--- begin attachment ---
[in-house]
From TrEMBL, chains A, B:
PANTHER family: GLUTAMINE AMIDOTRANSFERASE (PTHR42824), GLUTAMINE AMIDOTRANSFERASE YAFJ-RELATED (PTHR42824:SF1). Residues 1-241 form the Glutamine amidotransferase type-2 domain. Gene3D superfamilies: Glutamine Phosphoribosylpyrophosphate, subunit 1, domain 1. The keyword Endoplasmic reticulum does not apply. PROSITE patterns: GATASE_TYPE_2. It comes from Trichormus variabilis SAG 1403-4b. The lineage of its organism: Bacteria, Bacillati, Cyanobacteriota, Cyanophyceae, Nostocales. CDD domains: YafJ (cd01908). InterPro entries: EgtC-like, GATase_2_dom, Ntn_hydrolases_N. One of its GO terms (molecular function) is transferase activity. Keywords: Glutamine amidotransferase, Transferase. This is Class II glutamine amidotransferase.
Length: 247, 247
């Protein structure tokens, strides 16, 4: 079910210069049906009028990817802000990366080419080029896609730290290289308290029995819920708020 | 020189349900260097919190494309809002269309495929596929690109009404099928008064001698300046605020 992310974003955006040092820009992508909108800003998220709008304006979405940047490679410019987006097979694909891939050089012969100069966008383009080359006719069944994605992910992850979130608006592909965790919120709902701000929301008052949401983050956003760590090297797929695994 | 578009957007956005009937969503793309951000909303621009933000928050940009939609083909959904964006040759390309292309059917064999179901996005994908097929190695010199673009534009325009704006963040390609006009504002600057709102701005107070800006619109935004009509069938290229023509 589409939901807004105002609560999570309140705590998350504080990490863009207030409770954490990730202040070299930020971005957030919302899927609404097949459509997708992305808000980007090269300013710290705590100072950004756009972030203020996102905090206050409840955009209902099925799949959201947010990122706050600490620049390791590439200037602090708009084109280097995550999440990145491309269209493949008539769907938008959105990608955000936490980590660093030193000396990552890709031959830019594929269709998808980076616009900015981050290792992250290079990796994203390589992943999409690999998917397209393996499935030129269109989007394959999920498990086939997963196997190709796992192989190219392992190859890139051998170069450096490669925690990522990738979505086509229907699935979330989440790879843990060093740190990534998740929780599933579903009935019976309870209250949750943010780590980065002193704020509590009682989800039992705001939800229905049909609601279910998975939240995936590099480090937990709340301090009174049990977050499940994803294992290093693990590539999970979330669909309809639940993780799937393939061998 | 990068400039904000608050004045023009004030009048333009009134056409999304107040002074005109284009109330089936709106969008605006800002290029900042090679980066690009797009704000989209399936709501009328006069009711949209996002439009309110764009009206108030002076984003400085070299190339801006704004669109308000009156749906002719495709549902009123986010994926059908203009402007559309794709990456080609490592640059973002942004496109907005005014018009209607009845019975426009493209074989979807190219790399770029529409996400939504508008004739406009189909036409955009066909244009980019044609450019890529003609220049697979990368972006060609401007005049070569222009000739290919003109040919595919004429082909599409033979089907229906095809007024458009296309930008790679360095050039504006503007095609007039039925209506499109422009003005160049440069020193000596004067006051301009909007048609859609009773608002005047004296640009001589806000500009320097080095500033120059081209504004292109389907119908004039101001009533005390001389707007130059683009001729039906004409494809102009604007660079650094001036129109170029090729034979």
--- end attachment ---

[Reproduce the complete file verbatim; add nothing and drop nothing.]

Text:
[in-house]
From TrEMBL, chains A, B:
PANTHER family: GLUTAMINE AMIDOTRANSFERASE (PTHR42824), GLUTAMINE AMIDOTRANSFERASE YAFJ-RELATED (PTHR42824:SF1). Residues 1-241 form the Glutamine amidotransferase type-2 domain. Gene3D superfamilies: Glutamine Phosphoribosylpyrophosphate, subunit 1, domain 1. The keyword Endoplasmic reticulum does not apply. PROSITE patterns: GATASE_TYPE_2. It comes from Trichormus variabilis SAG 1403-4b. The lineage of its organism: Bacteria, Bacillati, Cyanobacteriota, Cyanophyceae, Nostocales. CDD domains: YafJ (cd01908). InterPro entries: EgtC-like, GATase_2_dom, Ntn_hydrolases_N. One of its GO terms (molecular function) is transferase activity. Keywords: Glutamine amidotransferase, Transferase. This is Class II glutamine amidotransferase.
Length: 247, 247
């Protein structure tokens, strides 16, 4: 079910210069049906009028990817802000990366080419080029896609730290290289308290029995819920708020 | 020189349900260097919190494309809002269309495929596929690109009404099928008064001698300046605020 992310974003955006040092820009992508909108800003998220709008304006979405940047490679410019987006097979694909891939050089012969100069966008383009080359006719069944994605992910992850979130608006592909965790919120709902701000929301008052949401983050956003760590090297797929695994 | 578009957007956005009937969503793309951000909303621009933000928050940009939609083909959904964006040759390309292309059917064999179901996005994908097929190695010199673009534009325009704006963040390609006009504002600057709102701005107070800006619109935004009509069938290229023509 589409939901807004105002609560999570309140705590998350504080990490863009207030409770954490990730202040070299930020971005957030919302899927609404097949459509997708992305808000980007090269300013710290705590100072950004756009972030203020996102905090206050409840955009209902099925799949959201947010990122706050600490620049390791590439200037602090708009084109280097995550999440990145491309269209493949008539769907938008959105990608955000936490980590660093030193000396990552890709031959830019594929269709998808980076616009900015981050290792992250290079990796994203390589992943999409690999998917397209393996499935030129269109989007394959999920498990086939997963196997190709796992192989190219392992190859890139051998170069450096490669925690990522990738979505086509229907699935979330989440790879843990060093740190990534998740929780599933579903009935019976309870209250949750943010780590980065002193704020509590009682989800039992705001939800229905049909609601279910998975939240995936590099480090937990709340301090009174049990977050499940994803294992290093693990590539999970979330669909309809639940993780799937393939061998 | 990068400039904000608050004045023009004030009048333009009134056409999304107040002074005109284009109330089936709106969008605006800002290029900042090679980066690009797009704000989209399936709501009328006069009711949209996002439009309110764009009206108030002076984003400085070299190339801006704004669109308000009156749906002719495709549902009123986010994926059908203009402007559309794709990456080609490592640059973002942004496109907005005014018009209607009845019975426009493209074989979807190219790399770029529409996400939504508008004739406009189909036409955009066909244009980019044609450019890529003609220049697979990368972006060609401007005049070569222009000739290919003109040919595919004429082909599409033979089907229906095809007024458009296309930008790679360095050039504006503007095609007039039925209506499109422009003005160049440069020193000596004067006051301009909007048609859609009773608002005047004296640009001589806000500009320097080095500033120059081209504004292109389907119908004039101001009533005390001389707007130059683009001729039906004409494809102009604007660079650094001036129109170029090729034979």